Before the start of the year, I spent a lot of time formulating the perfect running playlist. I scrolled through my entire iTunes library and I did a good amount of Googling to find songs that would (ideally) make me forget how hard running is. A few months into the goal however, I was already sick of this playlist. And not only that, I was sick of the routes I was running. I was getting bored of the songs and the scenery, which made it exponentially harder to motivate myself to run. So, I spiced up my routes. I took turns I never made before, and ran familiar routes backwards. As for ear food, I started alternating in podcasts. It was a nice break from hearing the same songs over and over, and I was surprised how easy it was to get sucked into other people’s conversations. If you’re looking for suggestions, some of my favorite podcasts were: Serial, Happy Sad Confused and Modern Love. Also, during the summer, I spent an entire month on the treadmill, binge watching Prison Break, so if you’re an indoor runner looking for some eye candy, Wentworth Miller is there for you. As far as songs go, I made this playlist, aptly titled, “These Songs Helped Me Run 1000 Miles” which you are welcome to listen to whether you’re running 1000 miles, 1 mile, or are just needing some pumped up tunes to drive to.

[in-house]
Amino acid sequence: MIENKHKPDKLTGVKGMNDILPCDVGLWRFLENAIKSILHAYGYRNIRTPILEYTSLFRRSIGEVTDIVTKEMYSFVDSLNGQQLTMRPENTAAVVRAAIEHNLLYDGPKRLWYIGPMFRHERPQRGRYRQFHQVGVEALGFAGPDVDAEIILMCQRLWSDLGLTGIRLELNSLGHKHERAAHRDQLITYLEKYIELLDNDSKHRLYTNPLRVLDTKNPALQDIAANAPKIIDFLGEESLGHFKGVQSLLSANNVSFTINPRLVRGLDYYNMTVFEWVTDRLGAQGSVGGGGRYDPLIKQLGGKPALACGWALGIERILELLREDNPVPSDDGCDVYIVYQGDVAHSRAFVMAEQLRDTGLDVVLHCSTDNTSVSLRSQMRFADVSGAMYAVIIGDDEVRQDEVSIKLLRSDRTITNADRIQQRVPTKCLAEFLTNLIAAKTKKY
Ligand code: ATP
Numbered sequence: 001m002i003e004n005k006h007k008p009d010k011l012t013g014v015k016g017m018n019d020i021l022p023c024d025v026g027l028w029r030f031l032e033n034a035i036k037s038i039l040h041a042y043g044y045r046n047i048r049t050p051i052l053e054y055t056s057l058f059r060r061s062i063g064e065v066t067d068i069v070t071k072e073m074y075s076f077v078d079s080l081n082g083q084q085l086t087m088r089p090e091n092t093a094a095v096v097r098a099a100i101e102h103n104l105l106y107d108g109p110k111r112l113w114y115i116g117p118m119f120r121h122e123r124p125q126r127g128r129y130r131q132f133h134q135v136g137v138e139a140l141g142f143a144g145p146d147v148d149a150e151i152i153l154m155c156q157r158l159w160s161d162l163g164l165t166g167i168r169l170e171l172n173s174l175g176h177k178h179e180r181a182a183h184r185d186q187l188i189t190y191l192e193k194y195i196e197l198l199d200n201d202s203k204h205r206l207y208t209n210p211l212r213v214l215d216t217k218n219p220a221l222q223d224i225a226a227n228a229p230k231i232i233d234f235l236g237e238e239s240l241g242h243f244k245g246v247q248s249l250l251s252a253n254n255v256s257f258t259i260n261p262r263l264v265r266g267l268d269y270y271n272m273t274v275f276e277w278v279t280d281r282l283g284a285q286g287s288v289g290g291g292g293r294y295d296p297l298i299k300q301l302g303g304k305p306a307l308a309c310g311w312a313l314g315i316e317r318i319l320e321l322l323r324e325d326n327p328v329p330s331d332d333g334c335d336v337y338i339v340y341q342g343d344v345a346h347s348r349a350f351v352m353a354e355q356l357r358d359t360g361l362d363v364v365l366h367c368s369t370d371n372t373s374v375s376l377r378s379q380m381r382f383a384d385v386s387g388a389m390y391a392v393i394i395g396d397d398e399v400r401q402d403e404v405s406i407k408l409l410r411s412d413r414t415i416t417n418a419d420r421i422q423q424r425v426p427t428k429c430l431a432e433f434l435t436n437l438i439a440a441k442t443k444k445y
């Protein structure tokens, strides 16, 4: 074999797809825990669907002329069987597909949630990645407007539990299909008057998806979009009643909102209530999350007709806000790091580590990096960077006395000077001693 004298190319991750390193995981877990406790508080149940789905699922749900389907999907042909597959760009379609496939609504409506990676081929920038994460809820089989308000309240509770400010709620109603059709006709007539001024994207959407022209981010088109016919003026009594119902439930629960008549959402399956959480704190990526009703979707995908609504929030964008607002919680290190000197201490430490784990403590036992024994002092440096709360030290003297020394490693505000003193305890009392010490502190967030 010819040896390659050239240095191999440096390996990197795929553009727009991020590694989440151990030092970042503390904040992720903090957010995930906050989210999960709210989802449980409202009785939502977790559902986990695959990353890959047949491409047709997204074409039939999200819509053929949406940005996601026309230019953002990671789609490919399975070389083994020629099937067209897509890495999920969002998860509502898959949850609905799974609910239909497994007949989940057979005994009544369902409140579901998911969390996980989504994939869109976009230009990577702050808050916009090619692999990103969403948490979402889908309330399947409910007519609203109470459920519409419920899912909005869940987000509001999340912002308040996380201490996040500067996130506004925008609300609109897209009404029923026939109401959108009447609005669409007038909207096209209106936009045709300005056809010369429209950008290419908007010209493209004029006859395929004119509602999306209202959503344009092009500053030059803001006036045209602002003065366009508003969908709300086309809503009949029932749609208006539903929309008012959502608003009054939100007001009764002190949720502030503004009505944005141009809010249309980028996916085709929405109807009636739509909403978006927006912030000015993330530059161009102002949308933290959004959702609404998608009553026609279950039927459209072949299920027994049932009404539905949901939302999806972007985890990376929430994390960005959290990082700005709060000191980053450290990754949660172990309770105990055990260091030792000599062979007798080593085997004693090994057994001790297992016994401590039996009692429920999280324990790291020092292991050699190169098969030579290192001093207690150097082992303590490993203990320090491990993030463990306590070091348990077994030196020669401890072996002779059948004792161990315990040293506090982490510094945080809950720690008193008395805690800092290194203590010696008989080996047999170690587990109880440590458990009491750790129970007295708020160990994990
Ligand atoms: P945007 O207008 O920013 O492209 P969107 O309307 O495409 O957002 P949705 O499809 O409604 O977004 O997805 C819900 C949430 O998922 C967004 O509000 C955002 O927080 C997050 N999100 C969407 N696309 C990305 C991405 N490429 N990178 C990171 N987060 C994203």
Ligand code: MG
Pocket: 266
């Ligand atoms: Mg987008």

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7) Keep Track

As some of you may know already, I’m an avid spreadsheet maker. Thus, when the opportunity arose to track my running progress, I went all out. Here is a screen shot of my year of running, the yellow being days I went on a run, the blue being days I went on two runs—one outside in the early morning and one on the treadmill in the afternoon to try and work around the triple digit degree days in the summer.